Please note: there may be some adjustments to the teaching arrangements published in the course catalogue for 2020-21. Given current circumstances related to the Covid-19 pandemic it is anticipated that some usual arrangements for teaching on campus will be modified to ensure the safety and wellbeing of students and staff on campus; further adjustments may also be necessary, or beneficial, during the course of the academic year as national requirements relating to management of the pandemic are revised.

Clinical Genomics MED5425

  • Academic Session: 2022-23
  • School: School of Medicine Dentistry and Nursing
  • Credits: 20
  • Level: Level 5 (SCQF level 11)
  • Typically Offered: Semester 2
  • Available to Visiting Students: Yes
  • Available to Erasmus Students: No

Short Description

This course will provide an overview of the clinical applications of genomic approaches to human disorders, particularly in relation to clinical genetics, discussing the methods and capabilities of the new technologies. Tuition and hands-on experience in data analysis will be provided, including the interpretation of next generation sequencing reports.


Weeks 7-11 of semester 2

Requirements of Entry

Students should be enrolled on a relevant MSc programme at the University of Glasgow, or have relevant professional experience in genetics in order to take the course as an independent CPD unit.


Students will analyse and interpret clinical next generation sequencing data from patient investigations and then generate a critical report of 2,000 words which presents their analysis in the context of relevant literature and provides guidance on how the information should be presented to the patient (or their family) and to the referring clinician.

Main Assessment In: April/May

Course Aims

The aims of this course are to facilitate an understanding of the following topics:

■ Structure and function of the human genome (e.g. enhancers, epigenetics, chromatin remodelling, non-coding regions and the ENCODE project)

■ Diagnostic analysis of the human genome (and exome and genome sequencing) - standard and high-throughput technologies

■ Clinical bioinformatics - making sense of the data ("PHREDs, PEDs and BEDs"), with practical hands-on experience in data analysis and evaluating the pathogenicity of single nucleotide variants (SNVs).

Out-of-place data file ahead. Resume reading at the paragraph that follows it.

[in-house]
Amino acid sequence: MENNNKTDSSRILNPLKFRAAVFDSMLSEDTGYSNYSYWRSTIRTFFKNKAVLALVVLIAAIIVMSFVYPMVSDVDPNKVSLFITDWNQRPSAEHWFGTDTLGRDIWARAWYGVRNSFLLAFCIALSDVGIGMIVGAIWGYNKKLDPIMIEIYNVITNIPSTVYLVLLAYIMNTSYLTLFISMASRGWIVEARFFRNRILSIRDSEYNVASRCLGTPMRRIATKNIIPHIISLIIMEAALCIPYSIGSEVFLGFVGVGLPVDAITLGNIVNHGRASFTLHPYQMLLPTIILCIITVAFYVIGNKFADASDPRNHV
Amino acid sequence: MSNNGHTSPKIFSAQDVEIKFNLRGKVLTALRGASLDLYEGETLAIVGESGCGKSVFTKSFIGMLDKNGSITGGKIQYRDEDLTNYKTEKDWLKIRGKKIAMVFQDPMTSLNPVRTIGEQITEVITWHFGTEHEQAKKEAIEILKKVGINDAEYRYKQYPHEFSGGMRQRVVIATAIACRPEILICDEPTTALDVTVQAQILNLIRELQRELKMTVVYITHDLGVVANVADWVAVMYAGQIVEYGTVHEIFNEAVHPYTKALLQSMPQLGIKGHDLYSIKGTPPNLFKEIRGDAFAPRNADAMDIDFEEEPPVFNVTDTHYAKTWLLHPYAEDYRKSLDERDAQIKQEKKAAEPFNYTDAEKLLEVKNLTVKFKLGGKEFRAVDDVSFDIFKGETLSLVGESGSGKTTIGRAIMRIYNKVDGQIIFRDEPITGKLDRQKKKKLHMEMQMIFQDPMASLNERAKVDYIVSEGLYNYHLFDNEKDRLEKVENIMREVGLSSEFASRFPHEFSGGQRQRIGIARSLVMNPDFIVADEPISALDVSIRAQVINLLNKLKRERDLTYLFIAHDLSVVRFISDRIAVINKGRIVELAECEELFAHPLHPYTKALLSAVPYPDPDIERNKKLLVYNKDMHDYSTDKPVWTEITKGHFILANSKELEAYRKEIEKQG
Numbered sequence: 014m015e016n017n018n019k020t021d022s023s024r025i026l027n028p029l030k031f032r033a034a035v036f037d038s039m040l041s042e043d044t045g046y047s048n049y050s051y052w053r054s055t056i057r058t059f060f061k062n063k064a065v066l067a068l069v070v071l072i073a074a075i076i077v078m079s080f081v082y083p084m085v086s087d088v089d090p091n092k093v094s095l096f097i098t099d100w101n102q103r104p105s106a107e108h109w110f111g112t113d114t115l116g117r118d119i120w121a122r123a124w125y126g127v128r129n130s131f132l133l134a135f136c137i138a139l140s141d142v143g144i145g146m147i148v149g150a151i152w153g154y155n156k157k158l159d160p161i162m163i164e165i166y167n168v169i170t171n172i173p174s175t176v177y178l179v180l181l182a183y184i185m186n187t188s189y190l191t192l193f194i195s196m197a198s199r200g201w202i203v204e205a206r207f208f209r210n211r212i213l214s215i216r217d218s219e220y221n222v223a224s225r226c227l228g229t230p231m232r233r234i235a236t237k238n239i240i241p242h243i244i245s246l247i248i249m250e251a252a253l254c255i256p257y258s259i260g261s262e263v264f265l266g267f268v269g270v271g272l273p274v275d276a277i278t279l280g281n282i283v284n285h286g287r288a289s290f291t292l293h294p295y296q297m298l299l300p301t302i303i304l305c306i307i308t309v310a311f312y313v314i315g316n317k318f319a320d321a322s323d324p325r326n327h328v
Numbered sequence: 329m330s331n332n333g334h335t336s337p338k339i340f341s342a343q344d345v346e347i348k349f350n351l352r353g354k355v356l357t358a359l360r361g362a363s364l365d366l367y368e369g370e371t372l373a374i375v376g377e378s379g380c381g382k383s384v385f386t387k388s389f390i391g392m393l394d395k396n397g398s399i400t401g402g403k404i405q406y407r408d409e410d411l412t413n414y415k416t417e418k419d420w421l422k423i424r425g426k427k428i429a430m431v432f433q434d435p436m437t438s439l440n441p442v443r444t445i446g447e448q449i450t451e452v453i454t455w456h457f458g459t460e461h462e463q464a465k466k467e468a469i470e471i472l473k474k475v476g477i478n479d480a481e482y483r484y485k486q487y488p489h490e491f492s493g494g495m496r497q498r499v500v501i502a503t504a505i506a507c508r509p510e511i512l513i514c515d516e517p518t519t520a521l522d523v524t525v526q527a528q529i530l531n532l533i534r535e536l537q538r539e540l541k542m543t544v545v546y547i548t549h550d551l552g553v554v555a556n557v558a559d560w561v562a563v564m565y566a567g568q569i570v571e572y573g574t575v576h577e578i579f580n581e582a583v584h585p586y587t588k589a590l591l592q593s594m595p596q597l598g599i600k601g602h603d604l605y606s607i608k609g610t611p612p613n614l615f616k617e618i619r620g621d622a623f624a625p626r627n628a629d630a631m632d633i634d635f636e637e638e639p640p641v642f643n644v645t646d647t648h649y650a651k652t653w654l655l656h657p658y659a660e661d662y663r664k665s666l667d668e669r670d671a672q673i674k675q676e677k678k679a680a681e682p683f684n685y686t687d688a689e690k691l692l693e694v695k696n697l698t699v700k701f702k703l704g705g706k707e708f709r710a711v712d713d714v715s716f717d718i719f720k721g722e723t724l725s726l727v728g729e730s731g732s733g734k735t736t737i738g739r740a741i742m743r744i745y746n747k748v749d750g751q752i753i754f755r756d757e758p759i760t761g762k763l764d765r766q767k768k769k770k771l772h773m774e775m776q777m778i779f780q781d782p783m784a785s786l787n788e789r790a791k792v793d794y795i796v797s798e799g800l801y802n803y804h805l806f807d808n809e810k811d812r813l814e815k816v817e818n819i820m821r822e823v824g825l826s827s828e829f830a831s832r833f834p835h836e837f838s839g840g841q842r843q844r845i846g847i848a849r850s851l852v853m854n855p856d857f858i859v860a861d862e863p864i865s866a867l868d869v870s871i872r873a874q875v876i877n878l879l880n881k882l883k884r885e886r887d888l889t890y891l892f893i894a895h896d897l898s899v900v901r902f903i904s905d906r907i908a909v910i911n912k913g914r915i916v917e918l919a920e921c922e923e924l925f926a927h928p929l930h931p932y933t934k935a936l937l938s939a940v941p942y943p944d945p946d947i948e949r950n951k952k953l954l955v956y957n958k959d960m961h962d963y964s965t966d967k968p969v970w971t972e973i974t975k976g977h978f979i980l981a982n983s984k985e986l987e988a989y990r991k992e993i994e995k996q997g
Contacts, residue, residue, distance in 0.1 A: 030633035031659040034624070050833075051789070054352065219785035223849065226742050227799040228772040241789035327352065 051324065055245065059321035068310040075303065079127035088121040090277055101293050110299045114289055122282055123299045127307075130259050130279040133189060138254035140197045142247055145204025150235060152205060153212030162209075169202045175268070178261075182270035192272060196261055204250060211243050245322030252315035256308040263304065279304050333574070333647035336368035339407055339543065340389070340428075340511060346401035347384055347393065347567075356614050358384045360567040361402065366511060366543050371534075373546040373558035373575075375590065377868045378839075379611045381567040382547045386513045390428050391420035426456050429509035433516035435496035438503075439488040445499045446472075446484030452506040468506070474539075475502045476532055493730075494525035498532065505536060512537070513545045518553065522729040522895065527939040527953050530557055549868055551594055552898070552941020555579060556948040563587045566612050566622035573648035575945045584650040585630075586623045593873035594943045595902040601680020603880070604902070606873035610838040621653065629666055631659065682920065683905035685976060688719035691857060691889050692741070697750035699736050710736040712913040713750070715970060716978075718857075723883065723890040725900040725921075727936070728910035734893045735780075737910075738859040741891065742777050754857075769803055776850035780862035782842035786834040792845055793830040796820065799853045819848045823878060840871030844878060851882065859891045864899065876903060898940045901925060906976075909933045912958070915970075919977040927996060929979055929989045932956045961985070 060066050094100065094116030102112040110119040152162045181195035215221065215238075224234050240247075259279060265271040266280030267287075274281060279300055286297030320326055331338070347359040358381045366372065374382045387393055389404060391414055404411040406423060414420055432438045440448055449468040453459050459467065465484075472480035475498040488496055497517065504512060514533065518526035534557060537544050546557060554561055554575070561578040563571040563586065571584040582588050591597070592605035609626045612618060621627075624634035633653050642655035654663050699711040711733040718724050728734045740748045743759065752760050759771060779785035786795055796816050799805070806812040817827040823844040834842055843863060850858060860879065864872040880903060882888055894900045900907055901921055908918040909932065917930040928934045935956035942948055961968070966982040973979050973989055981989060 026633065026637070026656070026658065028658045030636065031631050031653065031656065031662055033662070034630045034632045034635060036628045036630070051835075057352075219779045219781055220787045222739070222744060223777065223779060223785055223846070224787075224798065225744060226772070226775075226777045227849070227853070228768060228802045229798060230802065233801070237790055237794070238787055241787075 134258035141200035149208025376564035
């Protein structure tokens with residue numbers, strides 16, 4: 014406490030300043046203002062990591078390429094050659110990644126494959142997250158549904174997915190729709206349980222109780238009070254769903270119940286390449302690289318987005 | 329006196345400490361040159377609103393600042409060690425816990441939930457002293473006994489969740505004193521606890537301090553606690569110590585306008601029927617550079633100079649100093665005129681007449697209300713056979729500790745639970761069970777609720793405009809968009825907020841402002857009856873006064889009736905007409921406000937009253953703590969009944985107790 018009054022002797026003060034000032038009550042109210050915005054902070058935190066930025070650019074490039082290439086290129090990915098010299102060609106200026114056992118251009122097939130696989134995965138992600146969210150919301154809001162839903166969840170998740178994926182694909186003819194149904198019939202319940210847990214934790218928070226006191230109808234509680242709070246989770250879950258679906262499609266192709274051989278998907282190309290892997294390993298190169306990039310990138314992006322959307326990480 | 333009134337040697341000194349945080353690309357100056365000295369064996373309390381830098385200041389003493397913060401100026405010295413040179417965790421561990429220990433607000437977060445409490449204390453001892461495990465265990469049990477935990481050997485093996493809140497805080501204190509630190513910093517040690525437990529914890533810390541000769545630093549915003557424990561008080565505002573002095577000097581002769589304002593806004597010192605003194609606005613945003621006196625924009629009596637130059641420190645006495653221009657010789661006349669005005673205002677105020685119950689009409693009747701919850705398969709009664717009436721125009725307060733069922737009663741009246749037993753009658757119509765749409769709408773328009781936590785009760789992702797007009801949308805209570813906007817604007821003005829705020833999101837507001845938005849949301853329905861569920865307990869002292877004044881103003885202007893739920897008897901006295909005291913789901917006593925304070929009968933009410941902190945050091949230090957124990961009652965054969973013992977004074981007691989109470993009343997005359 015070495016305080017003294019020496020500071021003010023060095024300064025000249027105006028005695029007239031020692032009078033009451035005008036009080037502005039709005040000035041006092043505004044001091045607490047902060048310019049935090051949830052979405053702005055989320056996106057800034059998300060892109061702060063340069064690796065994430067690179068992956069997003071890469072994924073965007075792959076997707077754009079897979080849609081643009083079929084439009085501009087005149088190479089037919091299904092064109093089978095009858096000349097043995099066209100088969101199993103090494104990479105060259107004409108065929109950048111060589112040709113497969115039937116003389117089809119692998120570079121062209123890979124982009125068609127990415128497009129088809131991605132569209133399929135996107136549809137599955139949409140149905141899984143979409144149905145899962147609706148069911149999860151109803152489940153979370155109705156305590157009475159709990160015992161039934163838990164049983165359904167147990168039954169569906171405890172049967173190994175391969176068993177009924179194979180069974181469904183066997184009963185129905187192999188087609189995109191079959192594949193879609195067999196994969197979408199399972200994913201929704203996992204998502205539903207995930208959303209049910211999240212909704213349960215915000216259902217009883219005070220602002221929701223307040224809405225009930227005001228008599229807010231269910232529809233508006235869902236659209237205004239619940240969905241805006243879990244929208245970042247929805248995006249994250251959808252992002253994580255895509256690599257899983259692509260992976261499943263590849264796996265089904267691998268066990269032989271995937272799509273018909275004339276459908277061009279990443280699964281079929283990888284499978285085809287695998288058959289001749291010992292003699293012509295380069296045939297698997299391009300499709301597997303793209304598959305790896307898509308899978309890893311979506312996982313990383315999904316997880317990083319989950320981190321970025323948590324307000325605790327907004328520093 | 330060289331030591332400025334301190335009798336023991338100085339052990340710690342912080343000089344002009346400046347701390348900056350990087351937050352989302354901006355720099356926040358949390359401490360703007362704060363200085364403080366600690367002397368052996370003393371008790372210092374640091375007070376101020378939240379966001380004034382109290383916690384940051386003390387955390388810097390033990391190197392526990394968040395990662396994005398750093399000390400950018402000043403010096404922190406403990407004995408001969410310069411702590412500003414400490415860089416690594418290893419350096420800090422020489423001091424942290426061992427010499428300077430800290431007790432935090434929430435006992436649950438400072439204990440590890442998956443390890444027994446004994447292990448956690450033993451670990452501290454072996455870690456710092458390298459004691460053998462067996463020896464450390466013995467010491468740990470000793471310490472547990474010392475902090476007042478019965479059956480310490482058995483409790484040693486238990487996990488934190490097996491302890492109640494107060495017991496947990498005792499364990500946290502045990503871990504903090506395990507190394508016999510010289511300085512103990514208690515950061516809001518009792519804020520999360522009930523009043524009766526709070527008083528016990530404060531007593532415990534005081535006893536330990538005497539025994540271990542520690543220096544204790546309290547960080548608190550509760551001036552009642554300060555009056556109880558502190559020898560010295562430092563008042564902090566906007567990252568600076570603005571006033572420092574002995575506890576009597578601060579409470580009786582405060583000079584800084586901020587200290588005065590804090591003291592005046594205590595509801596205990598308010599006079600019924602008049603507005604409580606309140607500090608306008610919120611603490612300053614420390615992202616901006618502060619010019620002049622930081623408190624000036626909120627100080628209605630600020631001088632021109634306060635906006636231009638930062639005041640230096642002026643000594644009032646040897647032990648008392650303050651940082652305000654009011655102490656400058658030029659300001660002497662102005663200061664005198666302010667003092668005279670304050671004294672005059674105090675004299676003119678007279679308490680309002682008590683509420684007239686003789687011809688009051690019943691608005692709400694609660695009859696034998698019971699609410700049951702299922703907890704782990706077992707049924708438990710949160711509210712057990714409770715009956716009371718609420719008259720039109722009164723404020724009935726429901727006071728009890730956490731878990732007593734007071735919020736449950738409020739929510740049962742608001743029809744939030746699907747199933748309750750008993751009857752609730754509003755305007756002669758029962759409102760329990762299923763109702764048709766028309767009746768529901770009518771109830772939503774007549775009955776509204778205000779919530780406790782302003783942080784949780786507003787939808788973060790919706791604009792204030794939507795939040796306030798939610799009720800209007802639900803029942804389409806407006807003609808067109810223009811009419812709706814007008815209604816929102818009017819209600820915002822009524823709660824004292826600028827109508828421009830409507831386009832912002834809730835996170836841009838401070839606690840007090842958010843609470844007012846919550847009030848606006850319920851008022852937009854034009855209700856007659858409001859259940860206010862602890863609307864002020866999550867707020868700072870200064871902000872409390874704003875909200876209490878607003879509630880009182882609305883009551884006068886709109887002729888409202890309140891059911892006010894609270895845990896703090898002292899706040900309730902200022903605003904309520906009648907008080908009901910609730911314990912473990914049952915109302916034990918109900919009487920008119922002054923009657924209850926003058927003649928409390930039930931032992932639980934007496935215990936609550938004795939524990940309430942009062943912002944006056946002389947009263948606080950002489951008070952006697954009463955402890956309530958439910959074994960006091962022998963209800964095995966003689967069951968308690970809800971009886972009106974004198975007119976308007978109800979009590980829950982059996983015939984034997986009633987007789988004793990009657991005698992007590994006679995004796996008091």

■ Terminology (e.g. PHRED scores, PED and BED files, BAM files, CRAM files, BCFs, VCFs, SNVs, CNVs, and many more)

■ Ethical aspects of whole genome analysis (including incidental findings)

■ Stratified medicine & pharmacogenomics

Intended Learning Outcomes of Course

By the end of this course students will be able to:

Structure and function of the human genome

■ Critically appraise what is known and what is not, including literature regarding transcriptional control at a distance, epigenetics and chromatin remodelling.

■ Critically discuss the purpose and implications of the ENCODE Project.

Diagnostic analysis of the human genome

■ Critically evaluate the purpose of current standard techniques (e.g. MLPA & aCGH) in comparison with the new massively parallel sequencing techniques and technologies

■ Critically discuss the capabilities and limitations of these available technologies

Bioinformatics - making sense of the data:

■ Demonstrate critical awareness of quality checks, trios and gene panel filtering ("PHREDs, PEDs and BEDs")

■ Critically discuss the evaluation of variants using online prediction algorithms, based on

■ biophysical amino acid properties (e.g. using Grantham matrix to examine molecular volume and polarity) and

■ evolutionary sequence conservation

Stratified medicine & pharmacogenomics

■ Critically discuss examples of effects of genomic variants upon:

■ drug responses and

■ adverse effects

Minimum Requirement for Award of Credits

Students must submit at least 75% by weight of the components (including examinations) of the course's summative assessment.